It was alleged that taking the convention to Enugu State has political undertone towards favouring a particular candidate, what is your take on that?
Those making this and other similar allegations are already betraying their desperation. ANA has a process in choosing where to hold its conventions. State chapters of the Association normally bid to host and it is given to the state with the strongest bid. In the past, the ANA Congress do vote for states based on their verbal presentations at conventions. That format was jettisoned when from experience some states will speak grandly about their ability to host and sometimes with colourful power point presentations but when you give them the convention to host, you go there and you will find out they have nothing on ground. It happened like that in Abuja 2011, Uyo 2012 and in Kaduna 2015. Those unsavoury experiences led ANA to reform the process and do thorough inspection of States’ bids before awarding the hosting right. In this case of the 2019 hosting right, Edo and Enugu put in bids and after examining the two bids, the ANA National Executive Council awarded the bid to Enugu in May 2019 as Edo was found short of what is expected. These two states earlier re-presented their bids at the 8th Meeting of National Executive Council held with Chairmen and Secretaries of States Chapters in April 2019 in Ilorin. If not Enugu, where else would we have gone with the convention? ANA Constitution states it that Convention must be hosted by a State. No other State has come up with any other bid, so should we force the hosting on a state that is unwilling to host? If it is about the elections, it does not matter in ANA where a convention is hosted. Even if a convention is hosted in your bedroom as a candidate, you can still lose if the generality or the majority of the electorate does not want you. It has happened several times like that in ANA and a case in point was the 2009 convention in Minna. Those bringing up this allegation do not know the history of ANA and we are aware of some other desperate measures they are planning to embark on based on some strange sense of entitlement they have that they must be made leaders of the Association in the next dispensation.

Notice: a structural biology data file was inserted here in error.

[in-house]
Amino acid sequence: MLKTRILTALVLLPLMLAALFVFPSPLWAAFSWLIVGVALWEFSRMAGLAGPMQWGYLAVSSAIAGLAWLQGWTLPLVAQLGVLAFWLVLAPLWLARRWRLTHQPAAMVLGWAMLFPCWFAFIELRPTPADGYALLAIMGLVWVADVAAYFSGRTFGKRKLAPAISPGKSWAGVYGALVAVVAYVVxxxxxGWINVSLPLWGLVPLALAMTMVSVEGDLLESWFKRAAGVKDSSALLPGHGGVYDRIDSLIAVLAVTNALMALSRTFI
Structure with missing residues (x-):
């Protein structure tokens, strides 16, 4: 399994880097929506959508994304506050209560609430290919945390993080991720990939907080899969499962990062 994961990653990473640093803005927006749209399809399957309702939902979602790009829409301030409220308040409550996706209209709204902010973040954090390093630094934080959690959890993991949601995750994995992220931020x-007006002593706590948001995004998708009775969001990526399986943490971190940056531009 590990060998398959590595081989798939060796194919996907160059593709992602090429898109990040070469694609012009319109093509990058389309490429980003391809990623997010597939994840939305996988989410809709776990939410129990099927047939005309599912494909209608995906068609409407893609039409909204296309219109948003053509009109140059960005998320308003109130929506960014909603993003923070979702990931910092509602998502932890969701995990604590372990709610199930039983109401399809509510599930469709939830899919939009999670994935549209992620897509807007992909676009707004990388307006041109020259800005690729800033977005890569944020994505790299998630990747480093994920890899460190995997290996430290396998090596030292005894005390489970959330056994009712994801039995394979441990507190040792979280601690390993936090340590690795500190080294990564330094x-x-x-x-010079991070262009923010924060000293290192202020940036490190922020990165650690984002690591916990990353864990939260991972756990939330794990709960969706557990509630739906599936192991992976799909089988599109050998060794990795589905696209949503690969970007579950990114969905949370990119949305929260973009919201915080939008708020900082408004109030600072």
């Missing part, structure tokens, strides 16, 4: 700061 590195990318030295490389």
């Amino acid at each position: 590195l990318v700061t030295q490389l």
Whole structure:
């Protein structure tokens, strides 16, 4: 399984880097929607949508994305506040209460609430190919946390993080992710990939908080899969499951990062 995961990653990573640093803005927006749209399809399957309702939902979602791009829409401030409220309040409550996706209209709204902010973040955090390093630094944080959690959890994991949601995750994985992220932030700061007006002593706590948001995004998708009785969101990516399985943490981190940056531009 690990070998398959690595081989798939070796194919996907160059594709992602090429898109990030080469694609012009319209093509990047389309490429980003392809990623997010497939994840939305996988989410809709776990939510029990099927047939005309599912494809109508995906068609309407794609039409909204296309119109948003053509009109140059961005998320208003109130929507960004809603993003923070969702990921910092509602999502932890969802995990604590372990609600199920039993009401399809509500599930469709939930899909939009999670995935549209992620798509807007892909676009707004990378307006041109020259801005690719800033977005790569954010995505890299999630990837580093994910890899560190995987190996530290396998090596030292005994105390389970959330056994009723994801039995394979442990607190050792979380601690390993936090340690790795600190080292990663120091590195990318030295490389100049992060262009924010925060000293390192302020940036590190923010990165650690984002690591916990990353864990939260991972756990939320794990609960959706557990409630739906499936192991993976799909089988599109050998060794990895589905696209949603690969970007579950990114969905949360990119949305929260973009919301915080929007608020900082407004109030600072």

As for your golden jubilee, what is the update, sir?